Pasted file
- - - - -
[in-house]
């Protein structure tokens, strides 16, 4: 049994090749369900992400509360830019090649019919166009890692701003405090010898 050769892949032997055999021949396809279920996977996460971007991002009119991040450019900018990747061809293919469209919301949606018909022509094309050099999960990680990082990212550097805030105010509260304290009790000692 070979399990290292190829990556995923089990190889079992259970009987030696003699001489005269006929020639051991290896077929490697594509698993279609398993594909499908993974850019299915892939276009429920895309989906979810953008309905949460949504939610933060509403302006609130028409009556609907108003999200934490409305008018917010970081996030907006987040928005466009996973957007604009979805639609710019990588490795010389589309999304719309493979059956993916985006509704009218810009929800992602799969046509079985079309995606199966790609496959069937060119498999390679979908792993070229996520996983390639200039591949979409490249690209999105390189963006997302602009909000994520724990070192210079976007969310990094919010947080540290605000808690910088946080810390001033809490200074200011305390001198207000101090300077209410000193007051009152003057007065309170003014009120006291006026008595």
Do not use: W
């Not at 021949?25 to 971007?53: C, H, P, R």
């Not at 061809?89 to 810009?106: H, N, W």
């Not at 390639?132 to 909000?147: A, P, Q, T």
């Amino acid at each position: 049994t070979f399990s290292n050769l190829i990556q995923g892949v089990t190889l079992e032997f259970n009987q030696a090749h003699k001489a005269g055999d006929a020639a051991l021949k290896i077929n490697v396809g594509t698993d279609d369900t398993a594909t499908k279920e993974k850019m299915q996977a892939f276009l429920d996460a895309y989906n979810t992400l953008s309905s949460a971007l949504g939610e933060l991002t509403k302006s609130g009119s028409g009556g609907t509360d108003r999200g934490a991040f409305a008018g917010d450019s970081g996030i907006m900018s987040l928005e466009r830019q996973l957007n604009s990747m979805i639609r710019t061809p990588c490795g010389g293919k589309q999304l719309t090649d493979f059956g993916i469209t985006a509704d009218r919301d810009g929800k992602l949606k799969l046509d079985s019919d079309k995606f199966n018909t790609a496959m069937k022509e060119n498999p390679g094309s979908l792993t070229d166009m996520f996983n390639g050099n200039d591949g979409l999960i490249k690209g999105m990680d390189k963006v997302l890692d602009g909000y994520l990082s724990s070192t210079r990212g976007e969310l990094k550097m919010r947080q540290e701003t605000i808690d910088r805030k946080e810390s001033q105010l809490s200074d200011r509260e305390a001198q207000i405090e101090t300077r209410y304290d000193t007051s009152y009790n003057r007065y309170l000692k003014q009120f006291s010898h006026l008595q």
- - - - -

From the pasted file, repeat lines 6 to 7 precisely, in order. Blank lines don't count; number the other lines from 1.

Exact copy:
């Not at 390639?132 to 909000?147: A, P, Q, T």
């Amino acid at each position: 049994t070979f399990s290292n050769l190829i990556q995923g892949v089990t190889l079992e032997f259970n009987q030696a090749h003699k001489a005269g055999d006929a020639a051991l021949k290896i077929n490697v396809g594509t698993d279609d369900t398993a594909t499908k279920e993974k850019m299915q996977a892939f276009l429920d996460a895309y989906n979810t992400l953008s309905s949460a971007l949504g939610e933060l991002t509403k302006s609130g009119s028409g009556g609907t509360d108003r999200g934490a991040f409305a008018g917010d450019s970081g996030i907006m900018s987040l928005e466009r830019q996973l957007n604009s990747m979805i639609r710019t061809p990588c490795g010389g293919k589309q999304l719309t090649d493979f059956g993916i469209t985006a509704d009218r919301d810009g929800k992602l949606k799969l046509d079985s019919d079309k995606f199966n018909t790609a496959m069937k022509e060119n498999p390679g094309s979908l792993t070229d166009m996520f996983n390639g050099n200039d591949g979409l999960i490249k690209g999105m990680d390189k963006v997302l890692d602009g909000y994520l990082s724990s070192t210079r990212g976007e969310l990094k550097m919010r947080q540290e701003t605000i808690d910088r805030k946080e810390s001033q105010l809490s200074d200011r509260e305390a001198q207000i405090e101090t300077r209410y304290d000193t007051s009152y009790n003057r007065y309170l000692k003014q009120f006291s010898h006026l008595q």